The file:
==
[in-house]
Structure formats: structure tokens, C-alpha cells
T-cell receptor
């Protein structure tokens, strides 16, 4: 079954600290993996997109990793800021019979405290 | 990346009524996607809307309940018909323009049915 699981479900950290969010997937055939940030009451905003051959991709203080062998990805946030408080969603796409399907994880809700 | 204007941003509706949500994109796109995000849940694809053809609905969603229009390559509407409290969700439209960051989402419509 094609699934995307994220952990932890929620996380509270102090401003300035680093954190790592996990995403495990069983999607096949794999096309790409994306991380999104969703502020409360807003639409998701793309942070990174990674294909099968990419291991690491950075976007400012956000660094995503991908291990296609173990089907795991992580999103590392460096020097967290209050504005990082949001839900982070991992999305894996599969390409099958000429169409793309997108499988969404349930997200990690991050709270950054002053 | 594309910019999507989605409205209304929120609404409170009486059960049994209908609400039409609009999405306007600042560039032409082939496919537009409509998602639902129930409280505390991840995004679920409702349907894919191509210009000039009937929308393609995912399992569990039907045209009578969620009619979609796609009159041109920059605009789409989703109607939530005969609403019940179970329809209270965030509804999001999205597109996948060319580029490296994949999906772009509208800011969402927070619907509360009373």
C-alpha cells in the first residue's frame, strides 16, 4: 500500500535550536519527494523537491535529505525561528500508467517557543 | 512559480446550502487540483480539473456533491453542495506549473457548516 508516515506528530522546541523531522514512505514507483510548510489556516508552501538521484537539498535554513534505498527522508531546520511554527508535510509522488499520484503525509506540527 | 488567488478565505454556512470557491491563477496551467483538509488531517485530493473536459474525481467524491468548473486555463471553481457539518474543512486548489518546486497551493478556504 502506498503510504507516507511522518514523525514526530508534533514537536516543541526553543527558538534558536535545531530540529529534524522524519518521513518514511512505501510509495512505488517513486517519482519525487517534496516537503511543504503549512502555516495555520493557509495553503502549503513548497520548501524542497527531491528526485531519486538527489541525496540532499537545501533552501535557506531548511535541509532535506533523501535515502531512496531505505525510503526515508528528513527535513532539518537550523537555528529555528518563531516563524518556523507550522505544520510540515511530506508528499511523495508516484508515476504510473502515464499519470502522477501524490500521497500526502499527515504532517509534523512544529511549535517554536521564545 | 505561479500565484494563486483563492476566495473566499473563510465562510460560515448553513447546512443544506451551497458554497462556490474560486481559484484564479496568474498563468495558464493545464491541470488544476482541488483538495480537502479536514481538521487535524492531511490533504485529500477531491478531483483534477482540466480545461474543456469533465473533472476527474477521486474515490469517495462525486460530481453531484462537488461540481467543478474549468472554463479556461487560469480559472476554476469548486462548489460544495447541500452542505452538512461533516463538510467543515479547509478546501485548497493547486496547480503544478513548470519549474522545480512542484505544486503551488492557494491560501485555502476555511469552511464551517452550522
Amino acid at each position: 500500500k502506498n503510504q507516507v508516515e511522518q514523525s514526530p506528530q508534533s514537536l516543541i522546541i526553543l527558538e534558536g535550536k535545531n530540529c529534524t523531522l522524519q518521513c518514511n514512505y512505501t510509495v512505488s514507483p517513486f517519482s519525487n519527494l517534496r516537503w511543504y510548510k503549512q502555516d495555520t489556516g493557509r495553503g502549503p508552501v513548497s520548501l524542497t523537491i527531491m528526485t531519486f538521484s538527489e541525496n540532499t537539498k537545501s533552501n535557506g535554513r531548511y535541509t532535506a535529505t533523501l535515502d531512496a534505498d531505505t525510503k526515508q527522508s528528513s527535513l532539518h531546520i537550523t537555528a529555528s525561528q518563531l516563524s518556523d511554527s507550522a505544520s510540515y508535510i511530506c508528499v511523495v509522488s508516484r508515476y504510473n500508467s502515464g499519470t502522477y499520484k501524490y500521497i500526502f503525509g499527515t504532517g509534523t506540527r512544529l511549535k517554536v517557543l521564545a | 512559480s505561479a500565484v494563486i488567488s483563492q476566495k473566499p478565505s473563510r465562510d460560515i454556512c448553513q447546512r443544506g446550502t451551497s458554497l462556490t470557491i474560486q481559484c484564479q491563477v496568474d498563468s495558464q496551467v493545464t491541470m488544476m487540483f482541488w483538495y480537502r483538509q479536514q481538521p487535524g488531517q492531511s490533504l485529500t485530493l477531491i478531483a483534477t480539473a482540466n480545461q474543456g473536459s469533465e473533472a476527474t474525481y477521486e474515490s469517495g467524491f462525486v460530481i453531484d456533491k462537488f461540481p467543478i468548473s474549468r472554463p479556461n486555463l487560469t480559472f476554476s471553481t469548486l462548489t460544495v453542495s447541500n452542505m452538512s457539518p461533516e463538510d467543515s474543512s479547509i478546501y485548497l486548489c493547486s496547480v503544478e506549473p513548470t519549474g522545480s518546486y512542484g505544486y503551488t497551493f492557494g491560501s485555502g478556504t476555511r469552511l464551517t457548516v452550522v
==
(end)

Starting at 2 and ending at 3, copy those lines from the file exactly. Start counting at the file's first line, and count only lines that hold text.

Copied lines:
Structure formats: structure tokens, C-alpha cells
T-cell receptor